While I'm sure Mandy would have loved the challenge of beating Rafa, he won't be taking his match against Ferru lightly. His head to head with Ferru is 2-3 with all of his wins coming on hard court and all of his losses on clay. Mandy will have to earn it, but is surely the favorite.

Australian Open 2011: No More Rafa Slam

Rafa fans have seen this far too often. This time it wasn't his knees but his hamstrings.

Doesn't this make you want to hug him? Nothing means more to him than to feel like he could compete at his best level, and his

All credit to Daveed for playing a clean game and winning it in straights. Rafa is a gentleman and tried to deflect attention from his injury to Daveed. Let's just say it: Daveed did beat Rafa. Let's honor both of them: Rafa walked out on court, stayed on court and he was well enough to compete. He doesn't need any excuses.

Tuesday, January 25, 2011

Australian Open 2011: Bert Wins The Battle of Sesame Street

Bert only seemed to have trouble against Big Berd in the second set, and teased the ball basher into unforced errors. From the score it is pretty easy to see that Big Berd faded quickly in the third (61 76[5] 61). Bert will face Fed in a rematch of their US Open 2010 semis. Beware! The last time they met in an Aussie Open semi, Bert beat Fed and won the whole thing.

Bert had time to add a sponsorship deal for Petkorazzi.

Gotta supplement that meager income from being a professional tennis player.

Australian Open 2011: Caro Knocks Out Franny

You'd think if your opponent had just played the longest Grand Slam women's singles match in history at almost 5 hours, you'd have easy pickings, right?

Instead Franny took it to Caro, and raced out to 63 31 lead. I certainly thought we were head toward the Golden Retriever getting an old-school tennis lesson. But Caro stepped up, and started to take the ball a little bit earlier, and made Franny earn her points. Franny made 4 consecutive unforced errors, and suddenly we had a close match.

You may not like the fact that Caro doesn't hit a lot of winners, but then again she's very similar to Mats Wilander who had a very unflashy game, which was good enough to win the Aussie Open.

Props to Caro for digging deep and getting through to the semis (36 63 63): she's going to need to show this kind of play against Nails who will pounce all over her.

Australian Open 2011: The Fed Express Wins the Battle of Swisses

Fed is not the only player who has made coaching change for the better. Ewok his Olympic doubles partner and good friend hired Fed's old coach, Peter Lundgren to get the most out of his career. It has led to a quarterfinal appearance at the US Open and at the Australian Open. This year it led Wawa to handed out decisive victories to pretty good players such as ARod and La Monf, leading some media types hacks to think he had a fair chance of beating Federer. Of course, no one seriously thinks anyone not named Rafa has a better than 50-50 chance to close out a match against Fed in a Grand Slam, but I doubt anyone ever thought it would be such a decisive beatdown (61 63 63).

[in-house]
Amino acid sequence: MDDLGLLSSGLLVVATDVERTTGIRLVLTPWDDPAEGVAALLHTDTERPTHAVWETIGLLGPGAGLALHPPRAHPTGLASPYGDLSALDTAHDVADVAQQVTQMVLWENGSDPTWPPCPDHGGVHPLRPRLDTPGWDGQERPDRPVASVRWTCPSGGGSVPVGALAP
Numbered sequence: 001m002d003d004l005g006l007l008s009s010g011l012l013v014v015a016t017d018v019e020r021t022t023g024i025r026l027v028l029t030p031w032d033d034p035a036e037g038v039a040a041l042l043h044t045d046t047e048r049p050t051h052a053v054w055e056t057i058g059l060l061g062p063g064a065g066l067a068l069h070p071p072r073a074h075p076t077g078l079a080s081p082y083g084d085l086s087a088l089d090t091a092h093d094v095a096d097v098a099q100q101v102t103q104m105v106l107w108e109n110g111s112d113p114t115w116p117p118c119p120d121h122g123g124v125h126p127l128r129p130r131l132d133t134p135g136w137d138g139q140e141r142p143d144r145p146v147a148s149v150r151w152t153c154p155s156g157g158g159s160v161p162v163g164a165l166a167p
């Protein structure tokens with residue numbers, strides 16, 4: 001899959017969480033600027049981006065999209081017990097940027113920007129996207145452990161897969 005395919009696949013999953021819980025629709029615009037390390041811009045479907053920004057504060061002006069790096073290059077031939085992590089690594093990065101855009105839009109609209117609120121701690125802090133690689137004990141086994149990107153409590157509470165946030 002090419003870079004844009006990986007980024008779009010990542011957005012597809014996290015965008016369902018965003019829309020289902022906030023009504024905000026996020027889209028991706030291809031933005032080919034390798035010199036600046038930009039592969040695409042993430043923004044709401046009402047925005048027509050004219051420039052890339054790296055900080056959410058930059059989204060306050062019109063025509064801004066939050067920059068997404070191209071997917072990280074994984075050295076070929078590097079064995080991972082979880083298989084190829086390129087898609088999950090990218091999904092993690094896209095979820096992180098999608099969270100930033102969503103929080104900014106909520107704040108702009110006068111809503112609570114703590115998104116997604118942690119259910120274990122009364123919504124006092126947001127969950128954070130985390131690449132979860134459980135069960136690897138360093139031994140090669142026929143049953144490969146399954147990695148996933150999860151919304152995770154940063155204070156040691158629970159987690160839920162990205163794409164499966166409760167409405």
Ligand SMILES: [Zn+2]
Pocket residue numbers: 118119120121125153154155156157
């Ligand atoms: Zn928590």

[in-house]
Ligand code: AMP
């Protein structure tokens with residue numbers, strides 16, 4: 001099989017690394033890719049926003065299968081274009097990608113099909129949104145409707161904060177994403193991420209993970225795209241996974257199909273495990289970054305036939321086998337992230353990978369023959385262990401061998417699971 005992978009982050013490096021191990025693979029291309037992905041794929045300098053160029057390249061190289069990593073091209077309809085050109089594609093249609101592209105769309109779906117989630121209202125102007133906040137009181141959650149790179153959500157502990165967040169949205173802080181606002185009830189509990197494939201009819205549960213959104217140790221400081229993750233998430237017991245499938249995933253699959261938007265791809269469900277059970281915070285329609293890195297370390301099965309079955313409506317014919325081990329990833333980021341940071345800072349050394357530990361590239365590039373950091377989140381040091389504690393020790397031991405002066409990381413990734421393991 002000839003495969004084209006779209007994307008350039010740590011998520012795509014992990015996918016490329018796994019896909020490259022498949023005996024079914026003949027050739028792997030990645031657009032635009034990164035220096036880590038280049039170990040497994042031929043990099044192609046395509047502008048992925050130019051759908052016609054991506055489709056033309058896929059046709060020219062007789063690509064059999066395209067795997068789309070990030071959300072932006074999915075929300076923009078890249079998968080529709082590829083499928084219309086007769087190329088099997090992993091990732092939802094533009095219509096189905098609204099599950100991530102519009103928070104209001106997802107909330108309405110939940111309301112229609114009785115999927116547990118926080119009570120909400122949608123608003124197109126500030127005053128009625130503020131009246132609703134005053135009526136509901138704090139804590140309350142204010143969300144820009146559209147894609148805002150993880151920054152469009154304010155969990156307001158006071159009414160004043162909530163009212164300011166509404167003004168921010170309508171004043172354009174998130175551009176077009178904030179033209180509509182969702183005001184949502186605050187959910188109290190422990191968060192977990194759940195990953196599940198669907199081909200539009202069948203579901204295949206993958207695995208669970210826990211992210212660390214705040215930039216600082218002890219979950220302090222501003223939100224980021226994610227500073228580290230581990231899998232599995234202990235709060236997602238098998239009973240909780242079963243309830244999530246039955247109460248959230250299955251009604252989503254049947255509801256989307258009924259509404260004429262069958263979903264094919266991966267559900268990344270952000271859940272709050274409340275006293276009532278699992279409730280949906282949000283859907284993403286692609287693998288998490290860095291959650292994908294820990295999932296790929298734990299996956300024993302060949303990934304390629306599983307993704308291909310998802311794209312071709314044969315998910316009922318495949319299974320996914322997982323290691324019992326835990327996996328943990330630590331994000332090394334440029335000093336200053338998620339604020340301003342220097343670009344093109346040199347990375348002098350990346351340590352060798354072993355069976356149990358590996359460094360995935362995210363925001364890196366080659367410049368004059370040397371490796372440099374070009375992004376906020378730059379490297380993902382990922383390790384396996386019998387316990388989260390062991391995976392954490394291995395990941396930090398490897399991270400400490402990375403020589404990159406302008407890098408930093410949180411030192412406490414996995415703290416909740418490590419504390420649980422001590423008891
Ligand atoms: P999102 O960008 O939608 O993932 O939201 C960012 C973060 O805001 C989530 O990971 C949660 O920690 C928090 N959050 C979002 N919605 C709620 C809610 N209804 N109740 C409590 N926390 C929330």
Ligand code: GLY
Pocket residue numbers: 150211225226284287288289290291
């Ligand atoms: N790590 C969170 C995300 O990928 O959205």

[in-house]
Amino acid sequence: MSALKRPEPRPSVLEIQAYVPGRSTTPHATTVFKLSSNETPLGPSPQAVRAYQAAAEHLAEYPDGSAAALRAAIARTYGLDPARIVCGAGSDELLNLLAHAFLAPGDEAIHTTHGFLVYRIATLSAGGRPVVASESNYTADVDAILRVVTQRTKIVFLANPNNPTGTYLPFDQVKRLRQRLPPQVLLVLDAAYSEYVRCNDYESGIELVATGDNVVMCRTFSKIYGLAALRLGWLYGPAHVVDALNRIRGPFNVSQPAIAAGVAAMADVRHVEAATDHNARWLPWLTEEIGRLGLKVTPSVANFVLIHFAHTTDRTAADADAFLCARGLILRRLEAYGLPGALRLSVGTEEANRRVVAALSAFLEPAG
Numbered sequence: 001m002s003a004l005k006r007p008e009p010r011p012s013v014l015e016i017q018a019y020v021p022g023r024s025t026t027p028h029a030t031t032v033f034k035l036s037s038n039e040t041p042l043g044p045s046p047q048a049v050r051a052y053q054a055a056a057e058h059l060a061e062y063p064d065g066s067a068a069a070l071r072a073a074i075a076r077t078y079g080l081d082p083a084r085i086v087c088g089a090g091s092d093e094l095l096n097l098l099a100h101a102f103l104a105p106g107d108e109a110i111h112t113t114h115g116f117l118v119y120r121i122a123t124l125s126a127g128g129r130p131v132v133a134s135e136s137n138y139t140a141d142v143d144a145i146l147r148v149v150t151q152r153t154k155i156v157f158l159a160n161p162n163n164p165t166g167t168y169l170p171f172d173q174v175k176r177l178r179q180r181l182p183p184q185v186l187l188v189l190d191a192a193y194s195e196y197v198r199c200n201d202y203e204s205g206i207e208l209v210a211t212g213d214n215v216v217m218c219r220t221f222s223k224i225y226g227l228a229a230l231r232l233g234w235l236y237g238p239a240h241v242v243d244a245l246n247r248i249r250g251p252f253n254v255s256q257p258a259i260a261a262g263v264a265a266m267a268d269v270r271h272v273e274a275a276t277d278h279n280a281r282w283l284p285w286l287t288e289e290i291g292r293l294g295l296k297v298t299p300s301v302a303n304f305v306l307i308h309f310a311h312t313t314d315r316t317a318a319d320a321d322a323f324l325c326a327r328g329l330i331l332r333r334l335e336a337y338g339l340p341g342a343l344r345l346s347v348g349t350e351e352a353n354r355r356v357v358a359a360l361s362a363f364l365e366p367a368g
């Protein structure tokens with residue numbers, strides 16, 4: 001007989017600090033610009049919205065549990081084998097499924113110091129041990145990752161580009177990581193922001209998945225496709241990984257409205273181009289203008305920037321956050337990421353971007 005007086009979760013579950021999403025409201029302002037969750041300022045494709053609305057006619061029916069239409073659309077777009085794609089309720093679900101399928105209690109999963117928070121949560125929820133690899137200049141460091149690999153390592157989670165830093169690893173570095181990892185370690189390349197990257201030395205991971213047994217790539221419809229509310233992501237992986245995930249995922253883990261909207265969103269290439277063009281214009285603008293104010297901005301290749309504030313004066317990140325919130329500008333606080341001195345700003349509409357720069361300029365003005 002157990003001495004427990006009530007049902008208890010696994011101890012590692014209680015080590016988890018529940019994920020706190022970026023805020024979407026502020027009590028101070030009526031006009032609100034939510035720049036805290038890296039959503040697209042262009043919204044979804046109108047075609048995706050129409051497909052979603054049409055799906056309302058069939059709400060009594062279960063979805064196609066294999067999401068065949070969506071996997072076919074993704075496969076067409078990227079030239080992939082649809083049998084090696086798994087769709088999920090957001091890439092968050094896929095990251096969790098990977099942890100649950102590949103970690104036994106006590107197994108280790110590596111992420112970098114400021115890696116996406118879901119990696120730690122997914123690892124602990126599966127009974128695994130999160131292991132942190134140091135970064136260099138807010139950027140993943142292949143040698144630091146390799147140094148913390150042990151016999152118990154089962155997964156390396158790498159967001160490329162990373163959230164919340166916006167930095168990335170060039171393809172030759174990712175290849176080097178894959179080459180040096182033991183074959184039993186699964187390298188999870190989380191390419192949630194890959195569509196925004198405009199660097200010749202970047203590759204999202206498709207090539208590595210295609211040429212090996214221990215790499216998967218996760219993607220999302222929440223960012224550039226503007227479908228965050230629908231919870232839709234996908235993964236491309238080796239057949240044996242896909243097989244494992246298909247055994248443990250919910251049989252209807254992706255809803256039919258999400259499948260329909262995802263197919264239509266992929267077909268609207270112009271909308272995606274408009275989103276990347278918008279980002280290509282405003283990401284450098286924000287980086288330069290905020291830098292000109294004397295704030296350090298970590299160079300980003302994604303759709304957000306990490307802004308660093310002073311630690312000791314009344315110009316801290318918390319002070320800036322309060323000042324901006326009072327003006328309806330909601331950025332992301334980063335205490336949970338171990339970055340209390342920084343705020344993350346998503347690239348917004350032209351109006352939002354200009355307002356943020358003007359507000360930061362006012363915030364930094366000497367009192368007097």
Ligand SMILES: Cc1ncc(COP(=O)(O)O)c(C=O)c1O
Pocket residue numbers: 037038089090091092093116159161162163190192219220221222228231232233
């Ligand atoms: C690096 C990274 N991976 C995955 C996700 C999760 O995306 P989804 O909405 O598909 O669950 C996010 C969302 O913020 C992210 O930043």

There was even time for the little wanker to hit another tweener. The fellow fessed to saying: I was aiming for a lob.

You know it's a cruise fest when the most exciting part of the match is Fed fessing up to stealing 20 Aussie Open towels (and counting) in his on-court interview with Jim Courier. Naughty boy!

Monday, January 24, 2011

Australian Open 2011: Nails Charges On

Workman like effort from Nails who beat Petko 62 64. Petko never really had any chance as she was constantly on her back foot because of Nails' footwork & movement. She's into the semifinals, and will face the winner between Caro & Franny. She has an excellent chance of winning the whole damn thing. Do it for China!

Friday, January 21, 2011

Australian Open 2011: Impressions on the Week Thus Far

Federer is more than just a beautiful player to watch. In tough 5 setter, He showed real heart to fight off a comeback from Gilles Simon who gives him trouble. For an account from someone who was there, see Dootsiez' story. You really must check it out.

You haz a 16-2 head to head record against someone but you're coming back from 6 plus month layoff from tennis. You would think you might be rusty, but you hope you're in your opponent's head. Well, not this time. JuJu lost to Sveta. Sob!

Coming back from a knee injury, strained psoas (groin) muscle, screaming in sharp pain ... Props to you Vee for coming back to beat your 2nd round opponent, Zahlavova, but it doesn't take a genius (much less your mum) to tell you that it's OK to give Petko a walkover. Get your health back, and take as much time as you need. The sport needs you.

Caro is the world number 1, hasn't won a Slam (yet), gets accused of giving boring pressers, but she's got real smarts. You've got to see the video of the presser for yourself. See transcript). Matt Cronin, you just got pwned.

Monday, January 17, 2011

Australian Open 2011: Break of Return

Yep, you read that right. What always happened in baseball finally happened in tennis.

ARad breaks her racquet returning KDK.